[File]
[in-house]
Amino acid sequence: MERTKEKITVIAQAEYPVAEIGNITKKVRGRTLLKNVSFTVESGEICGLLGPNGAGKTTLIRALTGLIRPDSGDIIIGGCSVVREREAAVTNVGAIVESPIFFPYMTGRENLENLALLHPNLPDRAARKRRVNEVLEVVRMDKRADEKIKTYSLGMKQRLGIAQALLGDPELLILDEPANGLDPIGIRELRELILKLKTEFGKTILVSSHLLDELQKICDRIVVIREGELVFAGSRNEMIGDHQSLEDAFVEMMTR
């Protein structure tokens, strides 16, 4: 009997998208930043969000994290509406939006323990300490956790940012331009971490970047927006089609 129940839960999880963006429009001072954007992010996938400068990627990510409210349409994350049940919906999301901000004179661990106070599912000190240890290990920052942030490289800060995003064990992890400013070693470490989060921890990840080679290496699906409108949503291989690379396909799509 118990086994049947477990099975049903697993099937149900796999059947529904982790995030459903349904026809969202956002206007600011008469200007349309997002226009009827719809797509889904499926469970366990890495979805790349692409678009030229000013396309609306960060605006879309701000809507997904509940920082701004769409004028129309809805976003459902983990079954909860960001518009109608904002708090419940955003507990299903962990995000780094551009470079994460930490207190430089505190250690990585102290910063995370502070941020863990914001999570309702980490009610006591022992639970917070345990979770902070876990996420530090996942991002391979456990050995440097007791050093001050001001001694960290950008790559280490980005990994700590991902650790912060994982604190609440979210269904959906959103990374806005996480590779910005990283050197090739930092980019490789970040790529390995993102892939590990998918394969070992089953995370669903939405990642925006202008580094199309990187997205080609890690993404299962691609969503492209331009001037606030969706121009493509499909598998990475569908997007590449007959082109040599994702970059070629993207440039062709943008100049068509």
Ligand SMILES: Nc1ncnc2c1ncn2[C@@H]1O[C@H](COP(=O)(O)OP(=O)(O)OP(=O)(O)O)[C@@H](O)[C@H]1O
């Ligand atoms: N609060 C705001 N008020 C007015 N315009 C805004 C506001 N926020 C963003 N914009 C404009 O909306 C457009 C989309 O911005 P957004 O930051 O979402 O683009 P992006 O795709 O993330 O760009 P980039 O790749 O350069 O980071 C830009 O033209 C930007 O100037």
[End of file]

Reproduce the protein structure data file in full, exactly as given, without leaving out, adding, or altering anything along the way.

[in-house]
Amino acid sequence: MERTKEKITVIAQAEYPVAEIGNITKKVRGRTLLKNVSFTVESGEICGLLGPNGAGKTTLIRALTGLIRPDSGDIIIGGCSVVREREAAVTNVGAIVESPIFFPYMTGRENLENLALLHPNLPDRAARKRRVNEVLEVVRMDKRADEKIKTYSLGMKQRLGIAQALLGDPELLILDEPANGLDPIGIRELRELILKLKTEFGKTILVSSHLLDELQKICDRIVVIREGELVFAGSRNEMIGDHQSLEDAFVEMMTR
């Protein structure tokens, strides 16, 4: 009997998208930043969000994290509406939006323990300490956790940012331009971490970047927006089609 129940839960999880963006429009001072954007992010996938400068990627990510409210349409994350049940919906999301901000004179661990106070599912000190240890290990920052942030490289800060995003064990992890400013070693470490989060921890990840080679290496699906409108949503291989690379396909799509 118990086994049947477990099975049903697993099937149900796999059947529904982790995030459903349904026809969202956002206007600011008469200007349309997002226009009827719809797509889904499926469970366990890495979805790349692409678009030229000013396309609306960060605006879309701000809507997904509940920082701004769409004028129309809805976003459902983990079954909860960001518009109608904002708090419940955003507990299903962990995000780094551009470079994460930490207190430089505190250690990585102290910063995370502070941020863990914001999570309702980490009610006591022992639970917070345990979770902070876990996420530090996942991002391979456990050995440097007791050093001050001001001694960290950008790559280490980005990994700590991902650790912060994982604190609440979210269904959906959103990374806005996480590779910005990283050197090739930092980019490789970040790529390995993102892939590990998918394969070992089953995370669903939405990642925006202008580094199309990187997205080609890690993404299962691609969503492209331009001037606030969706121009493509499909598998990475569908997007590449007959082109040599994702970059070629993207440039062709943008100049068509």
Ligand SMILES: Nc1ncnc2c1ncn2[C@@H]1O[C@H](COP(=O)(O)OP(=O)(O)OP(=O)(O)O)[C@@H](O)[C@H]1O
């Ligand atoms: N609060 C705001 N008020 C007015 N315009 C805004 C506001 N926020 C963003 N914009 C404009 O909306 C457009 C989309 O911005 P957004 O930051 O979402 O683009 P992006 O795709 O993330 O760009 P980039 O790749 O350069 O980071 C830009 O033209 C930007 O100037």